ESA Annual Meetings Online Program

Improving surface water quality through pesticide education and outreach

Tuesday, November 13, 2012: 8:02 AM
300 D, Floor Three (Knoxville Convention Center)
Brian Bret , Dow AgroSciences, LLC, Roseville, CA
Nick Poletika , Dow AgroSciences, LLC, Indianapolis, IN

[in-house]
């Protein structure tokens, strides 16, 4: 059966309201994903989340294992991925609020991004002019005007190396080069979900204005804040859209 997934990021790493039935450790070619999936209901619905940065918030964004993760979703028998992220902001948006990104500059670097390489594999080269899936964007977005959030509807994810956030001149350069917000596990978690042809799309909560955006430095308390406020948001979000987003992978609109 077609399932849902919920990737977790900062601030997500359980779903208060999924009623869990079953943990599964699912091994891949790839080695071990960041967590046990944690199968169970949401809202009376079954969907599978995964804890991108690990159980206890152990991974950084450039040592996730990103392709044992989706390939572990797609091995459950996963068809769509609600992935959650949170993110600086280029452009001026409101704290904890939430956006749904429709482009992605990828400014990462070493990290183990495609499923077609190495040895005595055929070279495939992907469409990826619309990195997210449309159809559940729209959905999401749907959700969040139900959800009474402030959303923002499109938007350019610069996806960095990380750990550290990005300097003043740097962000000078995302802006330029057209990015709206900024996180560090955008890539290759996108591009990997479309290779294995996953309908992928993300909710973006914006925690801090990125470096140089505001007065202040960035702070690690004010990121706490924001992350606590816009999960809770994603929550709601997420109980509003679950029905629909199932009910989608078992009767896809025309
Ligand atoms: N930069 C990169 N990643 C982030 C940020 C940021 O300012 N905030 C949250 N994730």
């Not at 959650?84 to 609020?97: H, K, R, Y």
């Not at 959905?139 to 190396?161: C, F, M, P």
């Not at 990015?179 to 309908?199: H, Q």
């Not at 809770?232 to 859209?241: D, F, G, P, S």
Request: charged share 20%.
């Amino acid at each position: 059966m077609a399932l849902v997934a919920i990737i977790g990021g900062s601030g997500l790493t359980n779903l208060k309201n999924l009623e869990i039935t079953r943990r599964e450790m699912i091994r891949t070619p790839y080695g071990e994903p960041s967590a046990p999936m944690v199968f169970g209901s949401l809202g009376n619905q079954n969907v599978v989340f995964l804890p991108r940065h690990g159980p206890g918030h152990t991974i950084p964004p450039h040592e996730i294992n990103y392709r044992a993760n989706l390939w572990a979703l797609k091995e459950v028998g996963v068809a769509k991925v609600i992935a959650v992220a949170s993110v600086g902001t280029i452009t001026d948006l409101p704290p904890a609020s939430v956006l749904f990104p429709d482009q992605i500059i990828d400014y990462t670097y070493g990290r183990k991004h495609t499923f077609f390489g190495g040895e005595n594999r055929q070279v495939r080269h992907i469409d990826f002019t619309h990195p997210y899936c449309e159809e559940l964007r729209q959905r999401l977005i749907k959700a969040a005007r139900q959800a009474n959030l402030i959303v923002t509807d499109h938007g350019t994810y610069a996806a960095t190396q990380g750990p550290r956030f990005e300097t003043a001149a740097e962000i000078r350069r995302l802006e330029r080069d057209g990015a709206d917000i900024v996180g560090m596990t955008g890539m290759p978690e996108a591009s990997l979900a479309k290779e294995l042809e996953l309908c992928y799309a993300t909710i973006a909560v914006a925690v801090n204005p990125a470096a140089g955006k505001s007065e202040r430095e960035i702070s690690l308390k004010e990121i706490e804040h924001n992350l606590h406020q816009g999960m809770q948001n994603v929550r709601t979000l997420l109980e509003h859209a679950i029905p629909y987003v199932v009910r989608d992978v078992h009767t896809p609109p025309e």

Growers need effective and affordable pest control technologies as part of Pest Management Strategies.  Yet various farm inputs are being detected in surface waters that exceed water quality criteria established by state and/or federal regulatory agencies.  Such inputs include insecticides, herbicides, fungicides, and nutrients.  Reducing levels of pesticides requires identifying transport mechanisms, identifying sources, determining appropriate Best Management Practices, and working with stakeholders to inform, educate and engage.  In the Central Valley and Coastal Valleys of California, pesticide drift and runoff from irrigation or rainfall events are the primary transport mechanisms of pesticides in surface water.  Cross referencing downstream surface water monitoring results with upstream pesticide use reporting then allows identification of most likely contributing sources.  Multiple education and outreach initiatives have been employed.  The most effective strategy has been targeted, on-farm inspections with growers, applicators, and/or advisors to identify and develop site-specific mitigation measures.  Over ten years of BMP research and stakeholder outreach and education have resulted in significant reductions in surface water exceedances in many watersheds based on historical trend analyses.